The Straight A Innovation Fund is incredibly exciting…You're going to be freeing people up, and I think there's a lot of untapped energy

It was hard to believe that an Ohio governor was actually proposing to create an innovation fund and that it would distribute real money: $100 million in FY2014 and $200 million in FY2015. The idea of an innovation fund for reform in Ohio is something the Fordham Institute, Ohio Grantmakers Forum (OGF),[1] and other reformers have been urging since at least 2008. For example, in the OGF report Beyond Tinkering: Creating Real Opportunities for Today’s Learners and for Generation of Ohioans to Come[2], issued in early 2009 and the result of months of input from philanthropy around the state, the first recommendation called for creating “Ohio Innovation Zones and an Incentive Fund.” Specifically, the report called for “an Incentive Fund to seed transformative educational innovation, support and scale up of successful educational enterprises, and build a strong culture to support these activities in local communities and throughout the state’s system of public education.”

 Further, Beyond Tinkering argued that...

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Educators and community leaders from northeastern Ohio gathered this morning to discuss the impact of student mobility on schools, families, and the community. Roberta Garber, former executive director of Community Research Partners (CRP) presented findings from CRP and Fordham's statewide study of student mobility. Responding to the research were panel members Eric Gordon, CEO of Cleveland Metropolitan Schools; Alan Rosskamm, CEO of Breakthrough Schools; Bob Mengerink, Superintendent of the Cuyahoga County ESC; and John Begala, Executive Director of Center for Community Solutions. The local panel added a human dimension to the study's data and discussed the many ways schools, social services, and other agencies are working in partnership to better serve mobile families and students.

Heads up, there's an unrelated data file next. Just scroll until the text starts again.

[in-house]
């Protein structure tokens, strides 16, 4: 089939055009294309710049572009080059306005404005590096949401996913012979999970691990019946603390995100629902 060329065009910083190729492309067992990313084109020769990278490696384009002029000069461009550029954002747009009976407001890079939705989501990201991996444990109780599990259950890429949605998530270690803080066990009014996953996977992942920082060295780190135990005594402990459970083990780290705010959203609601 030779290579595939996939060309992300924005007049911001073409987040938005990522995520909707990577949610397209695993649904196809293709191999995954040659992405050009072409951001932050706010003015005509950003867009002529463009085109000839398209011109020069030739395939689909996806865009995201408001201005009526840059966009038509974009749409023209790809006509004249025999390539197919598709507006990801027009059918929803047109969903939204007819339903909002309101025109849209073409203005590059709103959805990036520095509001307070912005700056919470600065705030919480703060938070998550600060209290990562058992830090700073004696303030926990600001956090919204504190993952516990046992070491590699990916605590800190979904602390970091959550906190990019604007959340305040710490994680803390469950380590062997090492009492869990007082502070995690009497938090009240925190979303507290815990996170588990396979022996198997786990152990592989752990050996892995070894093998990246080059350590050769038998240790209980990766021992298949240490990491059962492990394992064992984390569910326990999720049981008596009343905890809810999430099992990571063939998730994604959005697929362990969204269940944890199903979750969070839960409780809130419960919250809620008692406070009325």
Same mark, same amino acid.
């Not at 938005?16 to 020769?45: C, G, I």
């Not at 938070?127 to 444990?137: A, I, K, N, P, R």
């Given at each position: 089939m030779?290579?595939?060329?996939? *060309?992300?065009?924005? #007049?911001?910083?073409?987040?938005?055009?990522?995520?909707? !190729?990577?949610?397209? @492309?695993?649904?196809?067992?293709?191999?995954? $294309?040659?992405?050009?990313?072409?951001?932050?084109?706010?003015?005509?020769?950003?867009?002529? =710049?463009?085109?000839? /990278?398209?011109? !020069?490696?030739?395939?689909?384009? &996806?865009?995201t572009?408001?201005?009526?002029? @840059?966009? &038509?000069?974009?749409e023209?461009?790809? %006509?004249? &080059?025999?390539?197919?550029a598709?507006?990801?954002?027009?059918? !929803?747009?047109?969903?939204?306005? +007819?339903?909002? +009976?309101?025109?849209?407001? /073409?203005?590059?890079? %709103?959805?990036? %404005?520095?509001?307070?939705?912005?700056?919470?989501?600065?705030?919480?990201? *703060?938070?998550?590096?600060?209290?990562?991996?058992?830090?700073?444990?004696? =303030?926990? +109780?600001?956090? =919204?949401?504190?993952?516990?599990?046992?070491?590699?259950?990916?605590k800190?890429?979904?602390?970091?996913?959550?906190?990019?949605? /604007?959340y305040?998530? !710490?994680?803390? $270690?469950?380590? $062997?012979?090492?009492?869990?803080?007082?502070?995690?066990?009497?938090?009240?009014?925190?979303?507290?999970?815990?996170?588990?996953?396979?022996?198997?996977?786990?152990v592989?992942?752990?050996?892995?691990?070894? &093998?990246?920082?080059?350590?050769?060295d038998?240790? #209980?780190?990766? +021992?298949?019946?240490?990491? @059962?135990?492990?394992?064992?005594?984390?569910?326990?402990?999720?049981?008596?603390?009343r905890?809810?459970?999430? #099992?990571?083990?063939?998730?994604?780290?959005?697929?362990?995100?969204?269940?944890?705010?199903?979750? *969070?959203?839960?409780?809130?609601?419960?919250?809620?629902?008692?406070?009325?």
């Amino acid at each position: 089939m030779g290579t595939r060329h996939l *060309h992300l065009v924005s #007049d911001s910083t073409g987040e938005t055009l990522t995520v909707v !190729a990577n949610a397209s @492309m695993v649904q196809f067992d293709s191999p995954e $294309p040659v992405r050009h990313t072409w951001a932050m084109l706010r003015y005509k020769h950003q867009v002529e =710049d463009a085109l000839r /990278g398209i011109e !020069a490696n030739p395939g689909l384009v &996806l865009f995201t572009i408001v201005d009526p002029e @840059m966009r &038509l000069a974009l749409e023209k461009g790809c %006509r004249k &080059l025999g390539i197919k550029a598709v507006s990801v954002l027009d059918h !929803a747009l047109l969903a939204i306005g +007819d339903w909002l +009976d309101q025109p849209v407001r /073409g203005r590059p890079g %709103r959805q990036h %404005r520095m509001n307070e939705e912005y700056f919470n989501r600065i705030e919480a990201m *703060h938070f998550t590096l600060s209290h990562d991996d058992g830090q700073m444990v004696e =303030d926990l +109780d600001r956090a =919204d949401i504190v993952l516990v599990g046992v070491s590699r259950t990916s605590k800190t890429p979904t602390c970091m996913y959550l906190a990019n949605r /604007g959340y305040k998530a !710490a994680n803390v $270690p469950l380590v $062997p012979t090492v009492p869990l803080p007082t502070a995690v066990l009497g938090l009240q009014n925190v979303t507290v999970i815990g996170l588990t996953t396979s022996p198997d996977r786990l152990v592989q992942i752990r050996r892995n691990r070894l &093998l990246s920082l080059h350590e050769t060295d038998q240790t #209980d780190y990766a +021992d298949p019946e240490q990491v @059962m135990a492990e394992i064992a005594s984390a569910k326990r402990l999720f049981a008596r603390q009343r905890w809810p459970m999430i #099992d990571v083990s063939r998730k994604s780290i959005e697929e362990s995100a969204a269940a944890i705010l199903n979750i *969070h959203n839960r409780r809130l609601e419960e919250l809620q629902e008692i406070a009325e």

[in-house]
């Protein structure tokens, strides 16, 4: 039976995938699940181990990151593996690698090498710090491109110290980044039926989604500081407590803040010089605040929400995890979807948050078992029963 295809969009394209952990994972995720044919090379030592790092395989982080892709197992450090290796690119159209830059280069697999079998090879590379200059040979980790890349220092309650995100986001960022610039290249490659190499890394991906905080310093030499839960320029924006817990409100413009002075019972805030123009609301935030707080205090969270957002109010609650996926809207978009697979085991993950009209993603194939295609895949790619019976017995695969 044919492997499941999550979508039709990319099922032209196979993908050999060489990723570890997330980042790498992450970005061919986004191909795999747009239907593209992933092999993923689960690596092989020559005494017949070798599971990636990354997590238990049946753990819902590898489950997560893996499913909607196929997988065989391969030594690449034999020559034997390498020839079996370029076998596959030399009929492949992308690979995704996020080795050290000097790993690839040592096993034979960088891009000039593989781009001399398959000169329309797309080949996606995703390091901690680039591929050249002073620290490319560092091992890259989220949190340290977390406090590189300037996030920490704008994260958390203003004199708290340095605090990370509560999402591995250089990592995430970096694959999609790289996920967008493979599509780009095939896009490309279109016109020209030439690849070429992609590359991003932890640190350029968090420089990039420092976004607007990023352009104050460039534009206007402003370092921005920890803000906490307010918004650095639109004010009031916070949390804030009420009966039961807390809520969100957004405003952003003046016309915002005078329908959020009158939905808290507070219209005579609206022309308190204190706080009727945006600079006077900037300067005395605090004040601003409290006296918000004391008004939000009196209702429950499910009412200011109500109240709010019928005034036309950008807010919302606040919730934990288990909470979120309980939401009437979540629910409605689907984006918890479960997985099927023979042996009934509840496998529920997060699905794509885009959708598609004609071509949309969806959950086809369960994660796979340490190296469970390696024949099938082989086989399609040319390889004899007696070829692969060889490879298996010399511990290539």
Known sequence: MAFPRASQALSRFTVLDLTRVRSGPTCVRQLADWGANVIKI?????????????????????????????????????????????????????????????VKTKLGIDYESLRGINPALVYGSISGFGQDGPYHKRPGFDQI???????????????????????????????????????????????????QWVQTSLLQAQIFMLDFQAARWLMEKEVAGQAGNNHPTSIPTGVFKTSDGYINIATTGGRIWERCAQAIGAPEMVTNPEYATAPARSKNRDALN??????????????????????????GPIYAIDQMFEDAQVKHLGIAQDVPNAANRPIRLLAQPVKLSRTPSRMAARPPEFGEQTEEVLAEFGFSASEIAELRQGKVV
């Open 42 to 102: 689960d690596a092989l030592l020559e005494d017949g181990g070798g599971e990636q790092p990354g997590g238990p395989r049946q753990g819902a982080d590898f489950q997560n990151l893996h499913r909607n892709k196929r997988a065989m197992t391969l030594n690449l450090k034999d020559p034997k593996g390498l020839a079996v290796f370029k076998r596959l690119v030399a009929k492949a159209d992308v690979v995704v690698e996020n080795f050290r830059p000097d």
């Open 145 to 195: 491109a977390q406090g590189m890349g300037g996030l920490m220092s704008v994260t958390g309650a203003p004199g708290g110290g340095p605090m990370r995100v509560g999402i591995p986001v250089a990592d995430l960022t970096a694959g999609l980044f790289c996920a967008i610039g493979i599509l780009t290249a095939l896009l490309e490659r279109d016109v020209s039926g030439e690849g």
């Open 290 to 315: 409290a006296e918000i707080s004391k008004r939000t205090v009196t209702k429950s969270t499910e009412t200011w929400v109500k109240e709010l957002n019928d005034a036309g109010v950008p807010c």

A video of the event, held at the Ideacenter's Westfield Insurance Studio Theater and sponsored by the Nord Family Foundation, will be available on our website soon. To read the study, Student Nomads: Mobility in Ohio's Schools, go here

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In the early years of Ohio’s voucher programs, proponents of private school choice cautioned that schools wouldn’t participate if government asked too much of them in the way of regulations and accountability for student achievement. That was certainly a plausible theory at the time – after all, when the EdChoice Scholarship program launched in 2005, Ohio’s public schools were only just getting used to our increased battery of state tests. But evidence from a new report shows that the theory doesn’t hold true today, and that policymakers could pursue expanded accountability for private schools—especially when it comes to transparency about student achievement and progress.